Kiyumbakimu Children Village
Kiyumbakimu Children’s Village (KCV) is a newly registered Community Based Organisation (CBO) providing full care and a secure upbringing for vulnerable children living in a rural area of Kiyumbakimu, Uganda. Based in Makondo, Masaka District, KCV aims to meet the needs of the community where it lies. It aims to provide hope to orphaned, abandoned and destitute children, creating new families and giving its children the best possible start in life.
KCV believes in providing as natural and stable environment as possible for all of the children, who call it home. Each child lives within a family unit and is housed together as brothers and sisters in a family home, headed by a 'Mother'. The 'Mother' cares and loves for her children as if they were her own, ensuring their well-being and development along with fostering a real sense of family.
As well as providing a home for the children, KCV ensures that they have a nutritious and balanced diet, receiving three healthy meals everyday along with fruit. All of the children receive health care when needed as well as regular check ups and education on issues such as HIV/AIDS. The project provides clothes, toiletries, games and books, as well as care and love - everything a child should expect from a caring family.
KCV believes that education is of the utmost importance and takes its responsibilities in this key area very seriously. There are two classrooms on-site, which are used to teach local children who’s families can’t afford school fees. All KCV children are given the opportunity to attend a cell established Primary School within the local area and KCV naturally provides all fees, uniform and school resources.
Kiyumbakimu's Location & Community
Makondo has a high number of refugees from nearby Rwanda and The Democratic Republic of Congo. The district has one of the highest HIV rates in Uganda, with the majority of households caring for orphans from neighbors and extended family. Unfortunately the education standard is poor. Those schools that do offer a high standard of education are beyond the financial reach of the vast majority of the community. Many children are therefore without primary education.
As well as providing a home to orphans, Kiyumbakimu is committed to supporting its local community; all building materials are sourced from as close as possible; local builders/carpenters are hired to design and build as much of the buildings and furniture as possible. Additionally all food not grown at KCV is sourced from neighboring gardens and markets.
The needs of the local community were recognized by parent NGO Uganda Volunteers for Peace (UVP) who established Kiyumbakimu Children's Village in mid-2005. Fundraising started immediately and as more funds became available buildings works were ongoing from 2006 until December 2007. On 12th December 2007 Kiyumbakimu had the pleasure of welcoming its first ten children to the Village and creating the first KCV family.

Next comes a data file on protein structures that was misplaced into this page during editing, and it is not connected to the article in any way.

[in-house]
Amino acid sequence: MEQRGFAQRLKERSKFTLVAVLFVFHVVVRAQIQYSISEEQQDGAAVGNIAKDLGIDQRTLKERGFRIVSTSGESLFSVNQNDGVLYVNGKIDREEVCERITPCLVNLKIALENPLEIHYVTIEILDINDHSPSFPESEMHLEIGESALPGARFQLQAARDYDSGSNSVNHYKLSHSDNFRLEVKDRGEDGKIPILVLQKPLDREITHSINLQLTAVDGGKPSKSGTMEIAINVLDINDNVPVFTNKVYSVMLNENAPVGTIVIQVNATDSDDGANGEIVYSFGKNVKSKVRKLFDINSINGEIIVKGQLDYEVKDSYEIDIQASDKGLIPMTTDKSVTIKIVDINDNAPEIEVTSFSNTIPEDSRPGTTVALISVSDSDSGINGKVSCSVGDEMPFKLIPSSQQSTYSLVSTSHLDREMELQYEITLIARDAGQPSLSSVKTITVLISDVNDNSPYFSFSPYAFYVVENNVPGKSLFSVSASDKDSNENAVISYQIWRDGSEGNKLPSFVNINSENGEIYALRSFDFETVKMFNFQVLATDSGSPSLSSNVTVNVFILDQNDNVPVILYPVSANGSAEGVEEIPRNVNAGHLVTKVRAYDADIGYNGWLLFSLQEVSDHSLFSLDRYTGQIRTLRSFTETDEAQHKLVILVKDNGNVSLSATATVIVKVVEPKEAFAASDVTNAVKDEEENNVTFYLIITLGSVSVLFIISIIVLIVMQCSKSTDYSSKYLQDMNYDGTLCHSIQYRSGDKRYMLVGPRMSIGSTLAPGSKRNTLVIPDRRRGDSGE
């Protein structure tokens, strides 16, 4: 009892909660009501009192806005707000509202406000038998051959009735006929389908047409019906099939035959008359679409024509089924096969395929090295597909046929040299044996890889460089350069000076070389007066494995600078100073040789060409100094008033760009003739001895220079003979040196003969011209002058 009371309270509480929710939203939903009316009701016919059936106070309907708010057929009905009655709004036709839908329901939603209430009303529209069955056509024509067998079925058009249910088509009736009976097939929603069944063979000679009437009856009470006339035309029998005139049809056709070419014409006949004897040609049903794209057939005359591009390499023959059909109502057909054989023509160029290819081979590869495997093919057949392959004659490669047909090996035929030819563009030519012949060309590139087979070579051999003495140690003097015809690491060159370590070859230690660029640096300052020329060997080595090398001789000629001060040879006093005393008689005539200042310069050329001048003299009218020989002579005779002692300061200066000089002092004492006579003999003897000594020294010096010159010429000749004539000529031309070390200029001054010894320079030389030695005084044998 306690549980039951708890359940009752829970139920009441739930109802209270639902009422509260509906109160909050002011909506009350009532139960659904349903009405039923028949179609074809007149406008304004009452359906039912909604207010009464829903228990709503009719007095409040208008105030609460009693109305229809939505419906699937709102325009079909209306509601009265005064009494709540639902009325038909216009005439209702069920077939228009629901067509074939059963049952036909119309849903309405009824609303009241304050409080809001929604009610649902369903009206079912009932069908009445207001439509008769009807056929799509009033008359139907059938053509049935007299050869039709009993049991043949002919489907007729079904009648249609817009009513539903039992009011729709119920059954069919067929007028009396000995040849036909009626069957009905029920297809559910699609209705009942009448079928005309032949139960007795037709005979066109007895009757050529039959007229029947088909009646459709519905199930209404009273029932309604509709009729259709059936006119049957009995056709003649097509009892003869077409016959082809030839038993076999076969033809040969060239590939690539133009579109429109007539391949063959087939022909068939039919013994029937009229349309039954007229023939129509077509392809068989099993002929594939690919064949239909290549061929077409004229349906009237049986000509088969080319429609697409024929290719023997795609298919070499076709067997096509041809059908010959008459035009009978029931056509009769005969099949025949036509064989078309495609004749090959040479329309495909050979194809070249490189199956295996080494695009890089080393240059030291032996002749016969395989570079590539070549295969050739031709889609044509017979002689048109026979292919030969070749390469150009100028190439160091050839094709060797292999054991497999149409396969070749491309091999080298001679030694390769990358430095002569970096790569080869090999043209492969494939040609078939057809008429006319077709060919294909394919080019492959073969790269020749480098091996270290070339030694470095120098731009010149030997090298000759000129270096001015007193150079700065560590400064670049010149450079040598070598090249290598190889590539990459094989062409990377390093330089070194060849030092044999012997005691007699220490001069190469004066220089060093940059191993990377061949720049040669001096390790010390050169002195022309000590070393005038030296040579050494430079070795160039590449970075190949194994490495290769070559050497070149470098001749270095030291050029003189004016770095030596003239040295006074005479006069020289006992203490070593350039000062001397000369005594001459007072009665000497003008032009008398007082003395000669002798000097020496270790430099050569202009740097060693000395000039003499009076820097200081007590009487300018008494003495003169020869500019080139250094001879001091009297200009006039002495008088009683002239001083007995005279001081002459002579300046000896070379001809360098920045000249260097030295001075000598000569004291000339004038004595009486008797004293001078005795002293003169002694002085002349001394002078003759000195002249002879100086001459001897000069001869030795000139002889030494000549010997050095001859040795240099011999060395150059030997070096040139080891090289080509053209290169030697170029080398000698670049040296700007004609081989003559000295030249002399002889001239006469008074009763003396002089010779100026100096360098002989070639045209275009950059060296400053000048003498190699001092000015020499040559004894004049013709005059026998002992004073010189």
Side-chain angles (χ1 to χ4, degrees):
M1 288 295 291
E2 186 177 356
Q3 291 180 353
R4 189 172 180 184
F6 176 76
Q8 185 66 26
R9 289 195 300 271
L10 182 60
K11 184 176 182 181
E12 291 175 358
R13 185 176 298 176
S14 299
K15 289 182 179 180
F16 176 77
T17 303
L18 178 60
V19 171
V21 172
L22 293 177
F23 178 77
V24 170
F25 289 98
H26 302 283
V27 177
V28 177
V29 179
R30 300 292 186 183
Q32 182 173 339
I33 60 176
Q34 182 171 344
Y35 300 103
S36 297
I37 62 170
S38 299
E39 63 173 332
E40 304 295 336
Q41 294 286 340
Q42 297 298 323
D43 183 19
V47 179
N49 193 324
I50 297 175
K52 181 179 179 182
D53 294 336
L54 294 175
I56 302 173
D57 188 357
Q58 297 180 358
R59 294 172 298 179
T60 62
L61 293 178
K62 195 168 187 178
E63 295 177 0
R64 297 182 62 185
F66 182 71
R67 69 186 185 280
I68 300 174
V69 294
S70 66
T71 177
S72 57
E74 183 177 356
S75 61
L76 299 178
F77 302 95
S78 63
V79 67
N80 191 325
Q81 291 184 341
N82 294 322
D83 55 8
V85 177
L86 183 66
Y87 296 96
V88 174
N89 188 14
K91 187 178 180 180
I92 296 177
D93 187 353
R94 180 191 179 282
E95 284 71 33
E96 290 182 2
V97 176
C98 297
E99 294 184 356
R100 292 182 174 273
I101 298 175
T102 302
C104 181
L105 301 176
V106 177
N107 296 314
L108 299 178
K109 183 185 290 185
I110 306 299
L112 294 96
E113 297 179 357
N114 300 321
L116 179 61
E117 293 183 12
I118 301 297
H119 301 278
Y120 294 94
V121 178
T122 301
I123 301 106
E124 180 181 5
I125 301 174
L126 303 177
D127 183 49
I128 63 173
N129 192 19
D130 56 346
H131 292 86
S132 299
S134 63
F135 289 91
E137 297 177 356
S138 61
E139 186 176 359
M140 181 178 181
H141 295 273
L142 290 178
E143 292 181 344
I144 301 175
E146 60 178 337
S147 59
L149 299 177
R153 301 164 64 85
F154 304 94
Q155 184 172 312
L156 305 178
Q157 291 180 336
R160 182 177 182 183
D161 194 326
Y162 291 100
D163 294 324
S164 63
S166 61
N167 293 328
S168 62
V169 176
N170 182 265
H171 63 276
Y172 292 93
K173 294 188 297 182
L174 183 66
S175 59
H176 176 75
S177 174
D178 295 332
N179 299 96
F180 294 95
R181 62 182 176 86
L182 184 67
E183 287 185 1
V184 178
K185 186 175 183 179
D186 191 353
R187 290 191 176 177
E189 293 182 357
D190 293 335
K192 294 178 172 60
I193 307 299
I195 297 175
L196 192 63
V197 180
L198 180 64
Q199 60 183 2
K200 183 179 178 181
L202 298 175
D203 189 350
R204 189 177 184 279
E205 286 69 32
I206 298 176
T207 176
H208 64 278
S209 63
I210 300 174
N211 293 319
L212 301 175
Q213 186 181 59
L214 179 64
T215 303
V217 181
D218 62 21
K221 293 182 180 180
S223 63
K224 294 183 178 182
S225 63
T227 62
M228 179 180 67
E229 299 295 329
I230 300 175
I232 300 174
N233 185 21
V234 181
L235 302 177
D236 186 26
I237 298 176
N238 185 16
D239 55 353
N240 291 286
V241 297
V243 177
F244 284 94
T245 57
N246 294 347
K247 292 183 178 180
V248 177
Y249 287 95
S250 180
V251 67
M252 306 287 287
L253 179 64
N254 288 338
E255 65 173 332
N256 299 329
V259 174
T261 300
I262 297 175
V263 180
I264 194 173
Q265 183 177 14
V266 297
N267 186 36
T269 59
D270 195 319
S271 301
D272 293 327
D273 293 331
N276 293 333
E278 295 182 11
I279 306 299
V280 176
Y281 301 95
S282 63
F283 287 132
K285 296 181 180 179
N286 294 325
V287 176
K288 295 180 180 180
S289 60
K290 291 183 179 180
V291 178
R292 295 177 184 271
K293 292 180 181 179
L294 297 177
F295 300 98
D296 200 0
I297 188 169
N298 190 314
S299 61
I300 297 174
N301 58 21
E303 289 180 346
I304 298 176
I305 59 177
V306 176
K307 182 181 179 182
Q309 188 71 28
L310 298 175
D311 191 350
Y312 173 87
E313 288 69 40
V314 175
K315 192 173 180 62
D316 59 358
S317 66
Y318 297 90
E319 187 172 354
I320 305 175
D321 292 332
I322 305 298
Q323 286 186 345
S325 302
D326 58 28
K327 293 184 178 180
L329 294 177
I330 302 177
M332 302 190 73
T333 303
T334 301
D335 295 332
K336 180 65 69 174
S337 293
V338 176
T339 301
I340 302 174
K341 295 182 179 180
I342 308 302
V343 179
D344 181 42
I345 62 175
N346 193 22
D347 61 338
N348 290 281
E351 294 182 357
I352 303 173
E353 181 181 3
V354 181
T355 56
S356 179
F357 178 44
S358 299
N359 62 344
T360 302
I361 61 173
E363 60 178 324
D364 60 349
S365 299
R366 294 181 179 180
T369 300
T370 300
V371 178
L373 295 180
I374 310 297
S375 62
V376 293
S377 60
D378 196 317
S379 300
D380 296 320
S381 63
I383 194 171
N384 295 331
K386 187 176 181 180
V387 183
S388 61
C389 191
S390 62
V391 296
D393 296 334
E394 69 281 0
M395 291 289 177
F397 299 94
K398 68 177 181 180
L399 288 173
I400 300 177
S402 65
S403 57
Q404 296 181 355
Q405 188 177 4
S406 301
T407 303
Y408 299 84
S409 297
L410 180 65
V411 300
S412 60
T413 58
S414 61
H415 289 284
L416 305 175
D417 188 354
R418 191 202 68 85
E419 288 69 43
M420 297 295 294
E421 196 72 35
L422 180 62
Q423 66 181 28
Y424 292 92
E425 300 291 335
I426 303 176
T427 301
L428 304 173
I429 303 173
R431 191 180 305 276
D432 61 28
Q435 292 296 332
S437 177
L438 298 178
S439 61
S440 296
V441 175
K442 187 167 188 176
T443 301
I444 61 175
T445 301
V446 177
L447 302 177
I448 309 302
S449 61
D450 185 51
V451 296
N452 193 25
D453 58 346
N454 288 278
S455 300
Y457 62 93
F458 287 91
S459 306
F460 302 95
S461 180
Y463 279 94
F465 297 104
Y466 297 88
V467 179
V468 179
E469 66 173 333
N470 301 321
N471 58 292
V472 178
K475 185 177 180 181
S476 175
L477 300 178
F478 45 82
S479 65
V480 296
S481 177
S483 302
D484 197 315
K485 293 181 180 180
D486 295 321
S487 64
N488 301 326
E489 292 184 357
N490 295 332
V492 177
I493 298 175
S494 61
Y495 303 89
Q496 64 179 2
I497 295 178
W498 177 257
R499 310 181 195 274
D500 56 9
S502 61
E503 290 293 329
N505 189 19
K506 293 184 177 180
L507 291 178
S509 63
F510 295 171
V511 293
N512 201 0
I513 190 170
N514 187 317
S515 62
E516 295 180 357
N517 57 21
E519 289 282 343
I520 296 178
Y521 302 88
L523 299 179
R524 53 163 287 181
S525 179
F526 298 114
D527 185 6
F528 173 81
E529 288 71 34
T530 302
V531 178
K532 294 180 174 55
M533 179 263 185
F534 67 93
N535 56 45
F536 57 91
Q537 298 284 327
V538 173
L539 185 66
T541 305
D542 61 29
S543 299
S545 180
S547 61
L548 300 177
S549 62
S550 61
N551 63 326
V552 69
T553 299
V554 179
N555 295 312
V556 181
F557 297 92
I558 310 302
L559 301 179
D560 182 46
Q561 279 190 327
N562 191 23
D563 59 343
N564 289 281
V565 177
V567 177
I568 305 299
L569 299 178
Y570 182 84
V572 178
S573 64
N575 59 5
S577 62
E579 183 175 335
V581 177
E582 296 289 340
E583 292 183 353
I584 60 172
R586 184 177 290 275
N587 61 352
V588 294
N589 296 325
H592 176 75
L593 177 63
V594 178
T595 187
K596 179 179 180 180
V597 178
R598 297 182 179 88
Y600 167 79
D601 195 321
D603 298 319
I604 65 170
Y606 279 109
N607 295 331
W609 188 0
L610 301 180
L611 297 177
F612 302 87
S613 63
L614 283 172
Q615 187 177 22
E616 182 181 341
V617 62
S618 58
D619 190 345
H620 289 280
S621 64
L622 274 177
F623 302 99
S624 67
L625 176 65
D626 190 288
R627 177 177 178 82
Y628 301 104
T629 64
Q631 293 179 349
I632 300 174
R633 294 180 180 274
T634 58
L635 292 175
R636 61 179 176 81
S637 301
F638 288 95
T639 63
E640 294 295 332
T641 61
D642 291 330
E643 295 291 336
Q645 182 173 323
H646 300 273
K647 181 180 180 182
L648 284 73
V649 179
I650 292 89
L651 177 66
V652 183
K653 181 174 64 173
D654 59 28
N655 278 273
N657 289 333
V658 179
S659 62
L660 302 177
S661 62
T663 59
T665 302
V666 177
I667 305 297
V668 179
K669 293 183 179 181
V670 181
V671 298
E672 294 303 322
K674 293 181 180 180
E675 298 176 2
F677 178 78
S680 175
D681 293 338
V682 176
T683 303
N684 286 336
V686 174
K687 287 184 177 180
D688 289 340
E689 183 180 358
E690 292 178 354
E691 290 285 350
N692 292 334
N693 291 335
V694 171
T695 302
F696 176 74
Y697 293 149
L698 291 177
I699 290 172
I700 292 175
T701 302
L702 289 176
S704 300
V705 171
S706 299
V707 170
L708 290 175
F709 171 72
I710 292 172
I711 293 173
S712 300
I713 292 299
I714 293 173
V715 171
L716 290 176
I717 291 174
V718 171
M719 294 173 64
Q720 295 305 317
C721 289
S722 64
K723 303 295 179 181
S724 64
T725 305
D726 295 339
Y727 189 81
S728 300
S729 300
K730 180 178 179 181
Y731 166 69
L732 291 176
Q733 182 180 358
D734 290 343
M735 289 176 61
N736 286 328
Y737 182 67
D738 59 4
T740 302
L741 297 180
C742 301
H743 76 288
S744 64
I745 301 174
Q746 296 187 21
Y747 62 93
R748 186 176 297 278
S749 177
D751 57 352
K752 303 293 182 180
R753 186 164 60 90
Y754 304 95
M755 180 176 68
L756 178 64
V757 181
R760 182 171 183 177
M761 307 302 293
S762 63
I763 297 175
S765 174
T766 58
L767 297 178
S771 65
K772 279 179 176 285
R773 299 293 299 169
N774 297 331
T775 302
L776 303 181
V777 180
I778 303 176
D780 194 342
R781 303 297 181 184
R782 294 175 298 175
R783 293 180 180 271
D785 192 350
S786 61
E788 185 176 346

The project's structures currently consist of one family home staff and volunteer accommodation, a cook house and dinning room, latrines, a large storage area, small office space and two classrooms.
Funding & The Future
All of KCV's children are sponsored by individuals throughout the world. Parent NGO UVP currently covers the cost of staff wages. Other costs such as food, clothes, health care, building work and expansion is covered by individual donations. One of the biggest tasks currently facing Kiyumbakimu is to secure reliable and sustainable funding to cover these vital expenses. KCV feels there is a need to expand upon its facilities, aiming to create up to four new families, each of ten children, within the next five years. Before KCV can meet this demand it will be necessary to construct more family homes and other buildings as well as hiring further staff to care for the children and manage the Village. The expansion plans are therefore dependant upon raising sufficient funds.
Kiyumbakimu Children’s Village is managed by the registered NGO Uganda Volunteers for Peace, a member of the International Cultural Youth Exchange (ICYE) Federation and affiliates with the European Commission. The Village currently has a staff of four, consisting of a project manager, children's mother, a cook, and a grounds man.
These Ugandan staff are supported by 2-4 international volunteers, supplied through UVP, each present for a period of roughly one year and carrying out teaching, fundraising and administration. The work of the staff is monitored by the Manager of UVP along with its board of trustees at bi-monthly meetings.
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